The Terrascope program, inaugurated in 2002, presents entering freshmen with the opportunity to develop solutions to compelling environmental problems. Students work together in teams to design and develop their own solutions, which are then presented to a panel of experts and the general public.
Since its inception, Terrascope has emphasized the integration of fieldwork with research. Past topics have included creating a plan for the redevelopment of post-Katrina New Orleans, followed by a visit to New Orleans to meet with residents and those charged with planning for the city’s future. Most recently, Terrascope students developed a plan to solve the deepening problem of water shortages in the Southwest, and then visited Arizona to see sites of their year’s study. This year’s freshmen are tackling the multi-faceted issue of carbon sequestration as a means of modifying earth’s climate.
The goal of Terrascope is to train freshmen to think creatively about interdisciplinary problem solving at the start of their academic careers. The field component serves as a reality check on their solution. For example, it is one thing to allocate water usage in the Southwest, quite another to visit the people most affected by it. Field visits help focus students on the problem as well as the full impact of their proposed solutions.
This year, students will study carbon sequestration — the capture, transport, and disposal of the vast quantities of carbon dioxide being produced at ever-increasing rates via the consumption of fossil fuels. Their proposed solution will involve the integration of science, engineering, economics and international politics.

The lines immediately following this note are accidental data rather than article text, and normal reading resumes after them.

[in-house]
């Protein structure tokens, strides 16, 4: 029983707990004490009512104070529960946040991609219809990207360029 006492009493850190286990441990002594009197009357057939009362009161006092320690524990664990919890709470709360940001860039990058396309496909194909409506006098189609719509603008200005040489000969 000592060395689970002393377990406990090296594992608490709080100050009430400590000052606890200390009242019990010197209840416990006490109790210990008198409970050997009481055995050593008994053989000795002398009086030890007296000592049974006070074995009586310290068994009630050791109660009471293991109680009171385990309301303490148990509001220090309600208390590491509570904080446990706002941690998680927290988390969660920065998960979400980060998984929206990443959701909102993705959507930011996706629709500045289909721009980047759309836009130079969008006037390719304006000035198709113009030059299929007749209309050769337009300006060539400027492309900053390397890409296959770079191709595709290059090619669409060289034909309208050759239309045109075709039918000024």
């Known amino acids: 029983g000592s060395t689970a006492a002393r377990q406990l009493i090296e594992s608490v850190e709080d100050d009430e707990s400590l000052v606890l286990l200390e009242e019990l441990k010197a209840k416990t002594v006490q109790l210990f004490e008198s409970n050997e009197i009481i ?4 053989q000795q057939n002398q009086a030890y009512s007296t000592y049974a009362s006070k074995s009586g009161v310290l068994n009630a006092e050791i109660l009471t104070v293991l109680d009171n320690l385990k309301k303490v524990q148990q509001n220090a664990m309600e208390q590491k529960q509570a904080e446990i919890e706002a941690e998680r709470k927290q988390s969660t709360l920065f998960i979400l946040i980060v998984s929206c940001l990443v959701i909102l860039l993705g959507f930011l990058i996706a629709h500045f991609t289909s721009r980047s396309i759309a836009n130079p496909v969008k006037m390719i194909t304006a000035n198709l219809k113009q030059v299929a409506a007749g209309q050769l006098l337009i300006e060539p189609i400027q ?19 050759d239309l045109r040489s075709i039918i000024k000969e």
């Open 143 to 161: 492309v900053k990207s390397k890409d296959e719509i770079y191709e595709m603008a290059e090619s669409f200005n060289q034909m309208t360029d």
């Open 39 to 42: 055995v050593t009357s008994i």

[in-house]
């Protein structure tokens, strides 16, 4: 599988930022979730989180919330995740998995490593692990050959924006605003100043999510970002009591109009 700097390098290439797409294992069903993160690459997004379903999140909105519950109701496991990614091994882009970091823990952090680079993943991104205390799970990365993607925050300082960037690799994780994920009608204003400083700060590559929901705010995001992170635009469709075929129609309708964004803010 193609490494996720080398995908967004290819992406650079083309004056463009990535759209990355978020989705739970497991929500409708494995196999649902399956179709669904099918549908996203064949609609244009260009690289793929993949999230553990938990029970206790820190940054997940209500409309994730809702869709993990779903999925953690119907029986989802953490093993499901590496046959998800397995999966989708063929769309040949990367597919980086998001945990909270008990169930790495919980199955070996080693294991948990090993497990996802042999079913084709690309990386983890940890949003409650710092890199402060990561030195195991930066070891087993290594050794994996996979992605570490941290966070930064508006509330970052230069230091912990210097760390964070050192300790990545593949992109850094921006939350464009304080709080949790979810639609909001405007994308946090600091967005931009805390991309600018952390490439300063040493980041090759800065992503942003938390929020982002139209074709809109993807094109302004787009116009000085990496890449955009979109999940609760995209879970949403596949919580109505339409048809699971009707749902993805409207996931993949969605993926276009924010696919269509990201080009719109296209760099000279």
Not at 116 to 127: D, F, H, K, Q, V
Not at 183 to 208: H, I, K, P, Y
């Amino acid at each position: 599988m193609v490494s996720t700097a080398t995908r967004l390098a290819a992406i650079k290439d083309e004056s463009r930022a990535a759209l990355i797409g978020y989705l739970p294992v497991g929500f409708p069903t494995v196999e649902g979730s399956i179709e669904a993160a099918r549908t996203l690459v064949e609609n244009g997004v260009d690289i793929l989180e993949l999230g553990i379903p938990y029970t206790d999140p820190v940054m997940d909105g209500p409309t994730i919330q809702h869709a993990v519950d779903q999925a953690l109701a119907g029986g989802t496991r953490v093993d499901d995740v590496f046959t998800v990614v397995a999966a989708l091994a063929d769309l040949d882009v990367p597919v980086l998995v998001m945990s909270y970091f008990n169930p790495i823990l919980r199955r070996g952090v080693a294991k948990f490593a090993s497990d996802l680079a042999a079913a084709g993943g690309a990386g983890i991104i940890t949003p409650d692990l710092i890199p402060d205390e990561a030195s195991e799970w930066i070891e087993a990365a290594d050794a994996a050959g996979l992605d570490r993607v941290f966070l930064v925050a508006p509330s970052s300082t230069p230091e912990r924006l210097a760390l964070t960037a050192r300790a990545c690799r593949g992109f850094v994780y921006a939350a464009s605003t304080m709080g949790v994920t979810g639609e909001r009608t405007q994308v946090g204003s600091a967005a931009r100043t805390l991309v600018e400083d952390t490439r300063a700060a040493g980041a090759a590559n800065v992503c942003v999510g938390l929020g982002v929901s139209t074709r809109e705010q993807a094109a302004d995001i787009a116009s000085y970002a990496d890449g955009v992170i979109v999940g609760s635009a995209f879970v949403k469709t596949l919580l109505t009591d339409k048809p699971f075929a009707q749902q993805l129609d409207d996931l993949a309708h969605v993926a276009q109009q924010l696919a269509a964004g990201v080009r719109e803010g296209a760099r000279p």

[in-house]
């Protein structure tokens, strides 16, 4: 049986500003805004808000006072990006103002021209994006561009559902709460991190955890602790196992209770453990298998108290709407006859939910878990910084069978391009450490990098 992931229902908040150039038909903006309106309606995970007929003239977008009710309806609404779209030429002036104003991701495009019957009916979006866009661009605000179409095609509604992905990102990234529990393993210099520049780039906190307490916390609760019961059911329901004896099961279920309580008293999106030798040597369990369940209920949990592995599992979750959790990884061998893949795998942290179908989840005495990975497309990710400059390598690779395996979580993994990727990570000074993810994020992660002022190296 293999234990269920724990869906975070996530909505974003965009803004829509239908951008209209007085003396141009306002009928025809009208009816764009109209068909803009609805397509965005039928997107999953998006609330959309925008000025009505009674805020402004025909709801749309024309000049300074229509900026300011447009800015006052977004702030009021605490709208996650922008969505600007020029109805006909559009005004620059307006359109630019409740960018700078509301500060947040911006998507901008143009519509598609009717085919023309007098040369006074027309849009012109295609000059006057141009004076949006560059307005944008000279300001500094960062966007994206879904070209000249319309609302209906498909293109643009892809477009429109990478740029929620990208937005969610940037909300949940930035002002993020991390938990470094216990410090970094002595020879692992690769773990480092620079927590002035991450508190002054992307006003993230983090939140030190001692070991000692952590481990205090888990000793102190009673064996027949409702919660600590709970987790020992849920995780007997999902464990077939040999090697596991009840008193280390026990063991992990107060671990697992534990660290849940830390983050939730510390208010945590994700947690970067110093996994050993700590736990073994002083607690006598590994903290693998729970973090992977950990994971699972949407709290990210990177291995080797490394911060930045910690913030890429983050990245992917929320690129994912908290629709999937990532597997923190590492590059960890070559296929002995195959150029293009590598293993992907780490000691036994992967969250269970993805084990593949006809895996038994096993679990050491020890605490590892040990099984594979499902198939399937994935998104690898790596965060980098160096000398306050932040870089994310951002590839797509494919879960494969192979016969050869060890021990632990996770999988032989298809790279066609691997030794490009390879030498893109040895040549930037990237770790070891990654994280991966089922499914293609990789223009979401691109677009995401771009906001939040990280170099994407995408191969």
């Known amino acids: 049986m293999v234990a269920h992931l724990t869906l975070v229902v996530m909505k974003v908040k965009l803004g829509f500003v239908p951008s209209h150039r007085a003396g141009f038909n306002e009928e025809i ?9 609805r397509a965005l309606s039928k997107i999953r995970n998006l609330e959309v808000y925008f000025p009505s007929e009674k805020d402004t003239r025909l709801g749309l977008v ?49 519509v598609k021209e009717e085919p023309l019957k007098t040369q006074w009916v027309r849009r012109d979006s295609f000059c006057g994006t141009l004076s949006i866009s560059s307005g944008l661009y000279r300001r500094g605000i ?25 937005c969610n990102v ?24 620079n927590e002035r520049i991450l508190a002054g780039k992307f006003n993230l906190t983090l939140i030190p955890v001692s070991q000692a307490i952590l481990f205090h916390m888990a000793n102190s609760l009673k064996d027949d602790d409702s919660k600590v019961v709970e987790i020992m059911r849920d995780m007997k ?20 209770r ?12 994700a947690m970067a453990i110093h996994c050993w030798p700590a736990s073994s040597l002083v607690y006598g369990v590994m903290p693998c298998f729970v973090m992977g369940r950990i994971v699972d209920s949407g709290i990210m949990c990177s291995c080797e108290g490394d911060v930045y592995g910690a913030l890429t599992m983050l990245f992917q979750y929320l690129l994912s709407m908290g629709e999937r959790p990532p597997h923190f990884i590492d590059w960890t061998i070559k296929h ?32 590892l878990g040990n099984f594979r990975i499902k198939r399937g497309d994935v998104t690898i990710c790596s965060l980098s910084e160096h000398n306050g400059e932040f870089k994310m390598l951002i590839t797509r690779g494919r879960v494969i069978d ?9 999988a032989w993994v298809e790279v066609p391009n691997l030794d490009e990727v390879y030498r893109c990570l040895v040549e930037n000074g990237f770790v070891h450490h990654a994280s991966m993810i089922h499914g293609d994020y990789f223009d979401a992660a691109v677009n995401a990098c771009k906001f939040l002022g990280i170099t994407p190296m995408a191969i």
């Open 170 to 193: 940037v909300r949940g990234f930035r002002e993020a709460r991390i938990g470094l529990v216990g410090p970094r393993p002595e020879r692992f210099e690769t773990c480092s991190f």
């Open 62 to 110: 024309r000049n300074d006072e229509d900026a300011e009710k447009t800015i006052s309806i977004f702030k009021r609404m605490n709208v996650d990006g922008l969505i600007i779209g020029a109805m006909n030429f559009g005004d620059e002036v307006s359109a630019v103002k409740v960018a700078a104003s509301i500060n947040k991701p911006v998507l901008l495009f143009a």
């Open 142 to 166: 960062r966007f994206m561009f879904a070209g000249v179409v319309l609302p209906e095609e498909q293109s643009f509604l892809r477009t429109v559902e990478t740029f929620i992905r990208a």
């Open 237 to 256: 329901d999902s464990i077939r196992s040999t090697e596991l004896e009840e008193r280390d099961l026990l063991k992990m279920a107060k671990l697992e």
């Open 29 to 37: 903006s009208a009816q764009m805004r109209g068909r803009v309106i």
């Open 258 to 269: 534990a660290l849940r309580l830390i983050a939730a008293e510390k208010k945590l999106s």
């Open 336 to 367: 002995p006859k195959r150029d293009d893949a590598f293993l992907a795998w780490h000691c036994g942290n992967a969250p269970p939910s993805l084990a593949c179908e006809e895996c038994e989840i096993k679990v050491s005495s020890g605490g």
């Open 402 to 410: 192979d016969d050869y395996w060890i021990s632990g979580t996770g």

Thanks to the Massiah Foundations award, the students will have the chance to couple their research with the crucial visit to a location where they can best learn about all of the issues associated with climate management.
The Massiah Foundation was established to provide charitable financial support to outstanding organizations with the potential to improve the future of humanity. Since its inception, the foundation has made significant contributions to various learning institutions, universities, children’s organizations, hospitals, cultural organizations, the arts, and general welfare organizations in the United States.
“This incredibly generous contribution will make it possible for another group of MIT undergraduate students to gain a hands-on, field based approach to the myriad issues associated with carbon sequestration,” according to Sam Bowring, Terrascope director and professor of earth, atmospheric, and planetary sciences.